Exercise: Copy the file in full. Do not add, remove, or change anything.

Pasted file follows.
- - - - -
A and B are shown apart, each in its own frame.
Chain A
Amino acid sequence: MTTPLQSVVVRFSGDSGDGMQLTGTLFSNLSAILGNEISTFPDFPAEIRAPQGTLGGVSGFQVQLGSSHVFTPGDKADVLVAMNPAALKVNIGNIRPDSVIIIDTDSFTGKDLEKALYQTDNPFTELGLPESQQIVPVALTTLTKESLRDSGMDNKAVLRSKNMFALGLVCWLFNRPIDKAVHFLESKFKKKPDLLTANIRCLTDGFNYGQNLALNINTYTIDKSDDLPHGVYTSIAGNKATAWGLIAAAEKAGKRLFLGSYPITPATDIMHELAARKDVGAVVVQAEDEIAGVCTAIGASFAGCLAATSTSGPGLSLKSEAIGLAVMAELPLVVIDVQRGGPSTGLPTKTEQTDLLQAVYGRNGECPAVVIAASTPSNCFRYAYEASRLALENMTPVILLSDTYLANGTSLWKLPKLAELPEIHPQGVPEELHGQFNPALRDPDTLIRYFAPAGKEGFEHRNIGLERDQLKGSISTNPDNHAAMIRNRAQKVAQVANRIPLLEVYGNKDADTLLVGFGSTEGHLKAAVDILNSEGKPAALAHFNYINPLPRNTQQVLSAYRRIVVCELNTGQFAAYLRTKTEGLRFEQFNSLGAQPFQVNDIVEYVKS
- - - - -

A and B are shown apart, each in its own frame.
Chain A
Amino acid sequence: MTTPLQSVVVRFSGDSGDGMQLTGTLFSNLSAILGNEISTFPDFPAEIRAPQGTLGGVSGFQVQLGSSHVFTPGDKADVLVAMNPAALKVNIGNIRPDSVIIIDTDSFTGKDLEKALYQTDNPFTELGLPESQQIVPVALTTLTKESLRDSGMDNKAVLRSKNMFALGLVCWLFNRPIDKAVHFLESKFKKKPDLLTANIRCLTDGFNYGQNLALNINTYTIDKSDDLPHGVYTSIAGNKATAWGLIAAAEKAGKRLFLGSYPITPATDIMHELAARKDVGAVVVQAEDEIAGVCTAIGASFAGCLAATSTSGPGLSLKSEAIGLAVMAELPLVVIDVQRGGPSTGLPTKTEQTDLLQAVYGRNGECPAVVIAASTPSNCFRYAYEASRLALENMTPVILLSDTYLANGTSLWKLPKLAELPEIHPQGVPEELHGQFNPALRDPDTLIRYFAPAGKEGFEHRNIGLERDQLKGSISTNPDNHAAMIRNRAQKVAQVANRIPLLEVYGNKDADTLLVGFGSTEGHLKAAVDILNSEGKPAALAHFNYINPLPRNTQQVLSAYRRIVVCELNTGQFAAYLRTKTEGLRFEQFNSLGAQPFQVNDIVEYVKS